Peñalver-Piñol A, Benavente Y, Frias-Gomez J, Alguacil J, Santibañez M, Contreras-Llanes M, Peremiquel-Trillas P, … & Costas L. Occupational exposure to pesticides and endometrial cancer in the Screenwide case-control study. Environ Health. 2023 Nov 2;22(1):77. doi: 10.1186/s12940-023-01028-0.


What is known about the subject?

Pesticides are chemicals used mainly in agriculture to increase food production and reduce vector-borne diseases. Despite measures implemented by the European Union to regulate the use of these chemicals and to mitigate environmental and health risks, there still remains controversy about the safety of certain pesticides as a result of diverging assessments of its carcinogenicity.
Exposure to pesticides is associated with some mechanisms such as oxidative stress, disruption of methyltransferases activity and epigenetic alterations, which may contribute to the development of cancer and other chronic diseases. Furthermore, certain pesticides may interact with estrogenic and androgenic pathways, thus their consideration as endocrine disruptors.
Endometrial cancer is the most common gynaecological cancer in developed countries and the burden of this disease is expected to rise in the coming years. Previous studies exploring the potential relation between the exposure to pesticides and endometrial cancer, especially biomonitoring studies, have yielded no positive results.


What does this study add to the existing literature?

Our study evaluated the association between occupational exposure to pesticides and endometrial cancer using a job-exposure matrix. To assess the risk, we grouped the job positions potentially exposed to pesticides into three different scenarios: agricultural activities, cleaning staff, and manufacturing and lumber industries.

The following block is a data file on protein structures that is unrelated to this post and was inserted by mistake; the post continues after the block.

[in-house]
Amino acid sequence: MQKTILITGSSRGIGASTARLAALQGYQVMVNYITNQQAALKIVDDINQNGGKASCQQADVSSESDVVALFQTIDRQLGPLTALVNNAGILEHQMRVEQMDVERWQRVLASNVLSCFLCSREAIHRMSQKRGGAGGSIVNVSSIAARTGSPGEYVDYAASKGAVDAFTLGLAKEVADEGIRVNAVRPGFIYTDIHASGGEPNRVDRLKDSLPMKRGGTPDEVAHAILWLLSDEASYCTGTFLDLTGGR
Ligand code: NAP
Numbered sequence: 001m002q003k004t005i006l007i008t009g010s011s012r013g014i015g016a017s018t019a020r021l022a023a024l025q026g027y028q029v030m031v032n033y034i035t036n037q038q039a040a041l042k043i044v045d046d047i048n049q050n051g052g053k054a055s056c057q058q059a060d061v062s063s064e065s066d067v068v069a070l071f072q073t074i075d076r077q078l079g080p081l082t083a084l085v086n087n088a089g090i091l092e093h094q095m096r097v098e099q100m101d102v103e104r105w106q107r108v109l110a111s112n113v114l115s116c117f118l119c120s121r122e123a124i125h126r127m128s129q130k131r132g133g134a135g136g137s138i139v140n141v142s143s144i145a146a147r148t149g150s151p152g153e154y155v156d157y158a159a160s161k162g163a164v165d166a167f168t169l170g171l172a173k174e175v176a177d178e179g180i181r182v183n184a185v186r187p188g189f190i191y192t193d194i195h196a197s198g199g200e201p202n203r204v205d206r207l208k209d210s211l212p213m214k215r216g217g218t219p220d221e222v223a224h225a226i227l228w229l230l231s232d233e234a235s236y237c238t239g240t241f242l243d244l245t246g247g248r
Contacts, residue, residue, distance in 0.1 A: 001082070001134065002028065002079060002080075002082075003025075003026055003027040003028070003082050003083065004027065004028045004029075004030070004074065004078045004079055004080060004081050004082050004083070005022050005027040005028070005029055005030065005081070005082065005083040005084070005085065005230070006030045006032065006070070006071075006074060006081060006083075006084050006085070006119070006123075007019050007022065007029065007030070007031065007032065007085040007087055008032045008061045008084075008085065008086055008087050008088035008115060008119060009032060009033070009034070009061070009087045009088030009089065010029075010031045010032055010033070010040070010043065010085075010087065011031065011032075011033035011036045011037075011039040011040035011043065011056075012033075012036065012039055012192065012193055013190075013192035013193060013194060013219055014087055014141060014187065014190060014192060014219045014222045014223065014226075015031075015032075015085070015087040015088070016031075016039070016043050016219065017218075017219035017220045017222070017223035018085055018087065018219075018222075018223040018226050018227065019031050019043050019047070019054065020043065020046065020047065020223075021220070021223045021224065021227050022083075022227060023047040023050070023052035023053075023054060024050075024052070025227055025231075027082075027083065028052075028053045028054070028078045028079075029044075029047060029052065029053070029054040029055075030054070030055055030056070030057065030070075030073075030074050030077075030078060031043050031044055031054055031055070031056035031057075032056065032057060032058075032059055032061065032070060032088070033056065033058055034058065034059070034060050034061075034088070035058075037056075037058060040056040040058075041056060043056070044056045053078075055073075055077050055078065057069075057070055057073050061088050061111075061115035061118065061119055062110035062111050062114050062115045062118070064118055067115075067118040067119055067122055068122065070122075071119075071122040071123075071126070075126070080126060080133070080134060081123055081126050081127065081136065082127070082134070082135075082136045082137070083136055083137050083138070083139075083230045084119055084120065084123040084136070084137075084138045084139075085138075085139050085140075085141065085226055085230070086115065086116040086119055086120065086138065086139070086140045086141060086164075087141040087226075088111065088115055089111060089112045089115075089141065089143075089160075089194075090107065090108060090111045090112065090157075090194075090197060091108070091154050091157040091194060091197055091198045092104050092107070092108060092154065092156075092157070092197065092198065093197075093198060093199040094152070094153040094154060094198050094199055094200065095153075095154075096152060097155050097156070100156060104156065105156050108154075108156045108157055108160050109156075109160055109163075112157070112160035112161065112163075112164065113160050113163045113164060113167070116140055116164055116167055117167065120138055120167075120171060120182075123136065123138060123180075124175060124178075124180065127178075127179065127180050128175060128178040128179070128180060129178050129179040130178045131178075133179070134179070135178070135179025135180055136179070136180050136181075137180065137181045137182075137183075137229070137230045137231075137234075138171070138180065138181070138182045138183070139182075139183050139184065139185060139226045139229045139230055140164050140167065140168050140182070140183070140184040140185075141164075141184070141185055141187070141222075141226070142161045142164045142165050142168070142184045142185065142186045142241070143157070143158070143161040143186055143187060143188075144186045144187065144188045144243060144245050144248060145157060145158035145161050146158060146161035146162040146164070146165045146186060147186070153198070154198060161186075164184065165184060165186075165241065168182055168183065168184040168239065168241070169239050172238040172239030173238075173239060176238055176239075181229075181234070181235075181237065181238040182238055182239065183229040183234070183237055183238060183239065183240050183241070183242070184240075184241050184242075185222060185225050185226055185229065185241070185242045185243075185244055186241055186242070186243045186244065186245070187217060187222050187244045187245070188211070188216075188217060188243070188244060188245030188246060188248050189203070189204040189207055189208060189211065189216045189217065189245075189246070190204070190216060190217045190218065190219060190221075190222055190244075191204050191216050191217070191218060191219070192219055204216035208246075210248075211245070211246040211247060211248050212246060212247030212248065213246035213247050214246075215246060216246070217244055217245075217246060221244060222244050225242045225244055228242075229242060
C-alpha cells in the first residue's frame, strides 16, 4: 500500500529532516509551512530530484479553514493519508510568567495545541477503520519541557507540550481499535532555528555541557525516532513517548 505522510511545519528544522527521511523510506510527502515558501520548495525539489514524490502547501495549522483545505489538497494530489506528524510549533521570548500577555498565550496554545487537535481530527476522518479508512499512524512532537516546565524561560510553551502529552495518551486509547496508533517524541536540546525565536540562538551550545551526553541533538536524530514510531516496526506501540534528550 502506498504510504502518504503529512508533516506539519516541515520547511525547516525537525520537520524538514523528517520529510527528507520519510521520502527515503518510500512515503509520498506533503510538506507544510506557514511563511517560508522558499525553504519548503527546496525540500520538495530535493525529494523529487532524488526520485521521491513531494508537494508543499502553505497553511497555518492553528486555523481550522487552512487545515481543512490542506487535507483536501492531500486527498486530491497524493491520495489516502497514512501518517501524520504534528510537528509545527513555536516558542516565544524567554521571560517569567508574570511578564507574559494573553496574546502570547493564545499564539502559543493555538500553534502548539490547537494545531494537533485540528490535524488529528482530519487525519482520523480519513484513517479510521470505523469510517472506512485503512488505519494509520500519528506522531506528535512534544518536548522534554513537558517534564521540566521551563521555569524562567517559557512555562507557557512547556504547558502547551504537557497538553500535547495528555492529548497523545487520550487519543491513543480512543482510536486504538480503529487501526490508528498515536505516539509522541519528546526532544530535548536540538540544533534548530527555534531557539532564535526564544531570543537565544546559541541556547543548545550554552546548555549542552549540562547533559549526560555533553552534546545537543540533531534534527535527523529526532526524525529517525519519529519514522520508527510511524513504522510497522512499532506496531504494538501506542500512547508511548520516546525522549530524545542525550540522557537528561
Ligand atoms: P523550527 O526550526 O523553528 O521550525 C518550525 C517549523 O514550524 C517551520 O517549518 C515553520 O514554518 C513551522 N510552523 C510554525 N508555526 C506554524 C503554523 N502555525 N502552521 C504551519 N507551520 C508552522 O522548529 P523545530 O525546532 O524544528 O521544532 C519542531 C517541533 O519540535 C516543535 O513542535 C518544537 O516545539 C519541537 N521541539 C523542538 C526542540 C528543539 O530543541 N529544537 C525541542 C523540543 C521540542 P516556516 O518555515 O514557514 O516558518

In epidemiological studies, job-exposure matrices can be used as a fast and systematic means of converting occupational data into a matrix of potential exposures to specific compounds, thus removing the need for evaluating the exposure of each individual in detail. Our study is the first to specifically assess the association between occupational exposure to pesticides and endometrial cancer using this method.
The assessment of occupational exposure to pesticides using an exposure matrix revealed a positive association with endometrial cancer, especially in female workers exposed to these chemicals in agricultural scenarios.


What are the implications of the findings?

Further studies with detailed exposure assessments combining exposure matrices and data obtained by biomonitoring methods are needed to confirm our results. The study of how pesticides contribute to the development of endometrial cancer should shed light to the etiology of this tumour and help implement public health policies aiming at reducing the burden associated with this disease.


Arnau Peñalver Piñol
Medical Resident of Preventive Medicine and Public Health
Preventive Medicine and Epidemiology Service
Hospital Universitari Vall d’Hebron de Barcelona